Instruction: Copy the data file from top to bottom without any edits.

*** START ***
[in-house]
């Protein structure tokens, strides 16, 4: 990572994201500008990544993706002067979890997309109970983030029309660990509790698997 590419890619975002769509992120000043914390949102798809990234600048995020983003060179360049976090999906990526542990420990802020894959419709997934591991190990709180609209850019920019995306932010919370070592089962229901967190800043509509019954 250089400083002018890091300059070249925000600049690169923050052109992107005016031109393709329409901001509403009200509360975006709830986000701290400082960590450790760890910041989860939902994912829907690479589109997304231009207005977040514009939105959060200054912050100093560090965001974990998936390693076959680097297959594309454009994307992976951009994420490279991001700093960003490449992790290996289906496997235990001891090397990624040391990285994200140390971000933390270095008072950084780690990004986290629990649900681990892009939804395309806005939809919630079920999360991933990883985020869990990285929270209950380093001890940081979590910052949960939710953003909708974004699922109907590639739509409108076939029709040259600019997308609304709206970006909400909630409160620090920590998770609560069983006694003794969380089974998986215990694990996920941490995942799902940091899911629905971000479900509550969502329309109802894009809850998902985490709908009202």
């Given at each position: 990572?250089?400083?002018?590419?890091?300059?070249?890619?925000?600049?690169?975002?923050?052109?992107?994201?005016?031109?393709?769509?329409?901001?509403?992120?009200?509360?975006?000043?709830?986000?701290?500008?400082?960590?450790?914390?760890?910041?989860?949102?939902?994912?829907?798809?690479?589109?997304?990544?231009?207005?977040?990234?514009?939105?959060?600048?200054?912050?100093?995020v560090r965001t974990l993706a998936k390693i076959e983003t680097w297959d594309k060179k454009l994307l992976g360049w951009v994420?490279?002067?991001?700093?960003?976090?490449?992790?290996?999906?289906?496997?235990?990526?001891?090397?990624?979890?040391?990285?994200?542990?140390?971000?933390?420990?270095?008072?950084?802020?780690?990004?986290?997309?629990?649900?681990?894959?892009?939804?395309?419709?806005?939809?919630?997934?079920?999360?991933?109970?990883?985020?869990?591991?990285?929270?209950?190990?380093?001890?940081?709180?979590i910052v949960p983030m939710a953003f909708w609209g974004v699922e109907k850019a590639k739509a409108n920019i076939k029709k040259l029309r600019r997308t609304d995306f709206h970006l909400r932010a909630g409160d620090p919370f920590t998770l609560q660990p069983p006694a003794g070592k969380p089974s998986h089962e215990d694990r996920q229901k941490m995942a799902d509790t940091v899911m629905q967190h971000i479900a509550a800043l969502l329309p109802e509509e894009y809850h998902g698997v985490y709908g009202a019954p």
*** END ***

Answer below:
[in-house]
């Protein structure tokens, strides 16, 4: 990572994201500008990544993706002067979890997309109970983030029309660990509790698997 590419890619975002769509992120000043914390949102798809990234600048995020983003060179360049976090999906990526542990420990802020894959419709997934591991190990709180609209850019920019995306932010919370070592089962229901967190800043509509019954 250089400083002018890091300059070249925000600049690169923050052109992107005016031109393709329409901001509403009200509360975006709830986000701290400082960590450790760890910041989860939902994912829907690479589109997304231009207005977040514009939105959060200054912050100093560090965001974990998936390693076959680097297959594309454009994307992976951009994420490279991001700093960003490449992790290996289906496997235990001891090397990624040391990285994200140390971000933390270095008072950084780690990004986290629990649900681990892009939804395309806005939809919630079920999360991933990883985020869990990285929270209950380093001890940081979590910052949960939710953003909708974004699922109907590639739509409108076939029709040259600019997308609304709206970006909400909630409160620090920590998770609560069983006694003794969380089974998986215990694990996920941490995942799902940091899911629905971000479900509550969502329309109802894009809850998902985490709908009202």
């Given at each position: 990572?250089?400083?002018?590419?890091?300059?070249?890619?925000?600049?690169?975002?923050?052109?992107?994201?005016?031109?393709?769509?329409?901001?509403?992120?009200?509360?975006?000043?709830?986000?701290?500008?400082?960590?450790?914390?760890?910041?989860?949102?939902?994912?829907?798809?690479?589109?997304?990544?231009?207005?977040?990234?514009?939105?959060?600048?200054?912050?100093?995020v560090r965001t974990l993706a998936k390693i076959e983003t680097w297959d594309k060179k454009l994307l992976g360049w951009v994420?490279?002067?991001?700093?960003?976090?490449?992790?290996?999906?289906?496997?235990?990526?001891?090397?990624?979890?040391?990285?994200?542990?140390?971000?933390?420990?270095?008072?950084?802020?780690?990004?986290?997309?629990?649900?681990?894959?892009?939804?395309?419709?806005?939809?919630?997934?079920?999360?991933?109970?990883?985020?869990?591991?990285?929270?209950?190990?380093?001890?940081?709180?979590i910052v949960p983030m939710a953003f909708w609209g974004v699922e109907k850019a590639k739509a409108n920019i076939k029709k040259l029309r600019r997308t609304d995306f709206h970006l909400r932010a909630g409160d620090p919370f920590t998770l609560q660990p069983p006694a003794g070592k969380p089974s998986h089962e215990d694990r996920q229901k941490m995942a799902d509790t940091v899911m629905q967190h971000i479900a509550a800043l969502l329309p109802e509509e894009y809850h998902g698997v985490y709908g009202a019954p």